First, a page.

Stress happens. If you're an introvert, it might happen more often as a result of workplace stress. And, it might be directly related to Emotional Intelligence (or EQ).

Recently, I caught up with Genella Macintyre, who wrote a book called Five Steps to Reducing Stress: Recognizing What Works and asked about how stress is such a major factor when it comes to managing EQ when you're an introvert.

1. How can introverts manage stress that results from EQ issues?

Introverts get their energy from the inner world of ideas and thoughts. Managing stress (albeit an individual and unique strategy regardless of type) for introverts is best achieved by allowing time to reflect. Having time at the end of the day and even throughout the day to spend alone without having to interact with others will allow an introvert to recharge his or her own batteries.

EQ related stress stems from how others perceive introverts. Introverts are frequently misunderstood. Because their emotional expression can be minimal, others often mistake them for being angry, unapproachable, or even anti-social. This is not the case. Others do not see what is happening with introverts and jump to negative assumptions.

To reduce stress in this area, introverts need to communicate what they are feeling and thinking. When introverts contribute more of this type of information to a conversation, less negative assumptions are made about them. Sharing thoughts and feelings appropriately with others is a stress-reducing formula for interaction.

An introvert typically does not express emotions and feelings freely. In fact, it is draining for them to do so. Self-expression allows others to understand what we are thinking and feeling. It is the essence of communication. Introverts can manage this stress by noticing what is happening with the other person. If it seems the other person is getting uncomfortable, introverts need only ask a question to engage the other person or work to express primary thoughts and emotions.

2. Do you feel introverts have a harder time with EQ in the workplace--why or why not?

I believe so. Though it is important not to stereotype a group of individuals into any one category, there are some generalizations to consider.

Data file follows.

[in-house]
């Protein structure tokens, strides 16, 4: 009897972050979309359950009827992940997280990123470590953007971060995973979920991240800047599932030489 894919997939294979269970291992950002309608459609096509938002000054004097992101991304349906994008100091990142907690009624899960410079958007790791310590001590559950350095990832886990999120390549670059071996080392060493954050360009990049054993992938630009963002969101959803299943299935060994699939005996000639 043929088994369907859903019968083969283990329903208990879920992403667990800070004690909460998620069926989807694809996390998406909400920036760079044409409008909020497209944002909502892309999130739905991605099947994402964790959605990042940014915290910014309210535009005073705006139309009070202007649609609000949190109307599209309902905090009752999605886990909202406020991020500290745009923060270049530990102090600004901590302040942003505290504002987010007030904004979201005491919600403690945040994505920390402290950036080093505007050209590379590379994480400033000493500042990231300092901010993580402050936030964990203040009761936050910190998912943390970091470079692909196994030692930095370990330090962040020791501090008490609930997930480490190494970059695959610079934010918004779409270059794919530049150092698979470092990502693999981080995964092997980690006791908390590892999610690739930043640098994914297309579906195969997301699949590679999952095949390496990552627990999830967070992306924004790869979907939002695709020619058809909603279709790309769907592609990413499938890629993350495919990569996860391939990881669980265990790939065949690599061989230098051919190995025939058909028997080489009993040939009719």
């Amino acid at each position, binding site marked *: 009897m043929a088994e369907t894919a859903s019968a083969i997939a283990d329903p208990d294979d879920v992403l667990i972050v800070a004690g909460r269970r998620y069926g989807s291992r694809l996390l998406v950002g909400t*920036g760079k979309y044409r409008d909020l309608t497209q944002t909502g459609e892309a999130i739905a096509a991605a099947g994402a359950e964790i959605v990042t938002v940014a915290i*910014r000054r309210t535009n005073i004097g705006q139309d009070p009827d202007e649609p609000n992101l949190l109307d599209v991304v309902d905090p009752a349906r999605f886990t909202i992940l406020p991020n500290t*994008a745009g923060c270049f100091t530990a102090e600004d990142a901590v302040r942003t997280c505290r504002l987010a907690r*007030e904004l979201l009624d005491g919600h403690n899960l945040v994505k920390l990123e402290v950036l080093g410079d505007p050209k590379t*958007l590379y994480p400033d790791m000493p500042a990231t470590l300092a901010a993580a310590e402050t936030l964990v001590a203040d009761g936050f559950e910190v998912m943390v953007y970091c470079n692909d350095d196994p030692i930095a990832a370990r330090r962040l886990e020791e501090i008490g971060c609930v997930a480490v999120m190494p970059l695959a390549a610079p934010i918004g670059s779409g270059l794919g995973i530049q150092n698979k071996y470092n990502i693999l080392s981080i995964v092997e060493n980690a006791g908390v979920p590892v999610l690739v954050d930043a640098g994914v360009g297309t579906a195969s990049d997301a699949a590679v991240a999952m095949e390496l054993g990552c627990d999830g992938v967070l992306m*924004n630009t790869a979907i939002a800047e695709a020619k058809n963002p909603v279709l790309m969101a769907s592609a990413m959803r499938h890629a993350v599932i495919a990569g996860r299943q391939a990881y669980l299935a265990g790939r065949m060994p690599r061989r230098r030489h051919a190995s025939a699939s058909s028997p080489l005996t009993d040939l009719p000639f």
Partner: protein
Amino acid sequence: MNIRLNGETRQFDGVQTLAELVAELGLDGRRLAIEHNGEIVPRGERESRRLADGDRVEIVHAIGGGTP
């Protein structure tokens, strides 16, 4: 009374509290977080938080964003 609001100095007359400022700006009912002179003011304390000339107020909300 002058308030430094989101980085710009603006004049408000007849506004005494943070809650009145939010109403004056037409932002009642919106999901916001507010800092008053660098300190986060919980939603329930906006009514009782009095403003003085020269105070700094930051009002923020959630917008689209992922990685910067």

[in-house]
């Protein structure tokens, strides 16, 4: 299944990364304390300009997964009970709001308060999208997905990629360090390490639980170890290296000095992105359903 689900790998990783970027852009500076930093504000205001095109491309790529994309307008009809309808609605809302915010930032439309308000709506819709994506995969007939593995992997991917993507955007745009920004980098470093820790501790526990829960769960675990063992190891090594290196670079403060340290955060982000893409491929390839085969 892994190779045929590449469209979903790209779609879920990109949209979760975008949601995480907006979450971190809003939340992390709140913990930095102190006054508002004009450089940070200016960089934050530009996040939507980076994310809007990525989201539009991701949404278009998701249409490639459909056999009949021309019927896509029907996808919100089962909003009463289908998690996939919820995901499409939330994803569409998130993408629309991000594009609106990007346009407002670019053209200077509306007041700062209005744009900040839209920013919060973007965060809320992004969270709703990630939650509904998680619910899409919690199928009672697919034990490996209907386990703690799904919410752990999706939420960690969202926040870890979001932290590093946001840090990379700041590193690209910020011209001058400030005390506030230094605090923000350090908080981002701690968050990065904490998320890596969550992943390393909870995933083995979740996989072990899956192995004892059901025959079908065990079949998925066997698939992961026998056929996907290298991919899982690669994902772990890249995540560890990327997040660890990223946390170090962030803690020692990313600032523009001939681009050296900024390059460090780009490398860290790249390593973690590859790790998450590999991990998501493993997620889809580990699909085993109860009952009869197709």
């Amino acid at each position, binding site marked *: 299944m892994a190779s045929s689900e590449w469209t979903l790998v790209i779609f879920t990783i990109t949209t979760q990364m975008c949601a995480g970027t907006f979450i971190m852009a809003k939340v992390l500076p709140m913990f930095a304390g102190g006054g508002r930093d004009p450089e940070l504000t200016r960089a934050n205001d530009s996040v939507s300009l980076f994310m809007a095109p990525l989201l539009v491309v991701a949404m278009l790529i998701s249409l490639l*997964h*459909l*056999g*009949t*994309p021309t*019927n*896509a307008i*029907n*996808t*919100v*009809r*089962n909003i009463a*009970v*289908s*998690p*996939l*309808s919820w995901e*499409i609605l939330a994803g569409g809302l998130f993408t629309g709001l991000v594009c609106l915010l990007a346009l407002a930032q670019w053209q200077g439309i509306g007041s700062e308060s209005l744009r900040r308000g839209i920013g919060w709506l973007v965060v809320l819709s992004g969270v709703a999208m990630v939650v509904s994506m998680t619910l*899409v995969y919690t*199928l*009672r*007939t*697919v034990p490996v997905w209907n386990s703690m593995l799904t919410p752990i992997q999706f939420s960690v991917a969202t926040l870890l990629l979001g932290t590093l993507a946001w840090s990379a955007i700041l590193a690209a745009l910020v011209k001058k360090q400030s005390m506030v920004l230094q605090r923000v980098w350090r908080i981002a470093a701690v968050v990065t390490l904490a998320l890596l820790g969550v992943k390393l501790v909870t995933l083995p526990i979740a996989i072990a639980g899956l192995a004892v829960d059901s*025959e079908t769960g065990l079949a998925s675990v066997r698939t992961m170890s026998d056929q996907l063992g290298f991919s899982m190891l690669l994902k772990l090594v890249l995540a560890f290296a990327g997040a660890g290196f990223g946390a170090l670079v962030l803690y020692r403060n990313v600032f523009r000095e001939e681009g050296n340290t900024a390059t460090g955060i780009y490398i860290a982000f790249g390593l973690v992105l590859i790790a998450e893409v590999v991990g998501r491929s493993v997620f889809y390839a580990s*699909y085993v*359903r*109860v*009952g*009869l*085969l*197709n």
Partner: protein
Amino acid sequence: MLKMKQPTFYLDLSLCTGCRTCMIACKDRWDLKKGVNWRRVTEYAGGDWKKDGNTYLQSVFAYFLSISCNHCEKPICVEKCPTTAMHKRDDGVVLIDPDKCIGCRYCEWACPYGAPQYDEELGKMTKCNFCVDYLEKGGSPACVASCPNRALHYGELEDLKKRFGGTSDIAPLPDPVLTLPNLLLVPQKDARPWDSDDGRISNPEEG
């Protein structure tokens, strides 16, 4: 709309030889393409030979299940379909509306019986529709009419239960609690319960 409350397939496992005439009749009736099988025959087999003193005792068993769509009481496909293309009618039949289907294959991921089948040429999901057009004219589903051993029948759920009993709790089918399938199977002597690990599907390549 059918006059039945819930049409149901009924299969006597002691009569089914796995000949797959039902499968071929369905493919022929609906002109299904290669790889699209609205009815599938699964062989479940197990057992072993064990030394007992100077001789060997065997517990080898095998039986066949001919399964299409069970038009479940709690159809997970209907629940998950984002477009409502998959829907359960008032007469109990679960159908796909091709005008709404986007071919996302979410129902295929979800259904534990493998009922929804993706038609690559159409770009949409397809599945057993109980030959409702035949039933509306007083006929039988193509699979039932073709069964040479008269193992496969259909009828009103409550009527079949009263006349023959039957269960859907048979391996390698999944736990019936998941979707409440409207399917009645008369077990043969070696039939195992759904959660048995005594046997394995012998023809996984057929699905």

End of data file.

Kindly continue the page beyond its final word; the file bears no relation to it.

Introverts, in my experience, report finding extroverts overwhelming. Extroverts may interrupt them in conversation, interrupt their work, or request answers at the last minute. As mentioned, introverts are commonly misunderstood. As a result, relationships can be strained and the onus seems to be on the introvert to show that he or she is not angry, standoffish, or not a team player.

Another area of stress for introverts may be attending social functions. Networking and social gatherings may not impact one introvert but may greatly impact another. Regardless, the introvert will need to find his or her own comfort level in interaction with others in this arena.

Finally, the world rewards extroversion more than introversion. People who are outgoing and expressively friendly are seen in a better light than those who do not. In school, at home and at work, society teaches us how to communicate with others through sharing information about thoughts and feelings. People are not taught as much about acceptance and non-judgment when others communicate in different ways than we do.

3. What are some ways introverts could improve EQ at work?

Here are some ideas:

  • Take the initiative to engage others in a brief conversation.
  • Take a moment to reflect on how you are feeling and what you are thinking so that you are able to communicate that information in more detail when required.
  • Acknowledge that silence may make others uncomfortable. If you are asked a question and need time in the moment to reflect on the answer, state that you are thinking about it and request a few minutes to reflect on your response.
  • Practice noticing. Notice what is happening with you when interacting with others, notice the other person's communication style, and notice your impact on that person.
  • Show appreciation to others around you. Occasionally (perhaps once a day) notice something positive about another and express the impact on you. Now this may sound like work and for many introverts, especially ones with very clear scores for introversion, it is. Statements to others need not be long and complicated or gushing with emotion. If that happened, suddenly your colleagues would be asking you what was wrong! Your comments can be short and to the point but ensure they are positive and give the reason why they were positive (e.g., the impact on you or a client, customer, etc.)
  • Identify times when emotional expression is easier. Ask yourself, "What is it about this situation that encourages me to speak more and relay more information about myself?" When you identify that element, apply what you have learned to those around you at work.

4. Are there EQ-related issues that are not possible to manage?

Introverts can learn the skill of emotional expression. They can learn to share more of what they think and feel thereby meeting others halfway. What is unobtainable is for an introvert to become an extrovert. Introverts trying to do so will find themselves running out of energy fast!

Another difficult and almost unobtainable skill is for introverts to work in a job that allows no quiet time or time away from others. Introverts need not interact with every conversational colleague but if they are in situations where there is zero time for reflection, all is lost. Being constantly "on" is the same as being constantly drained.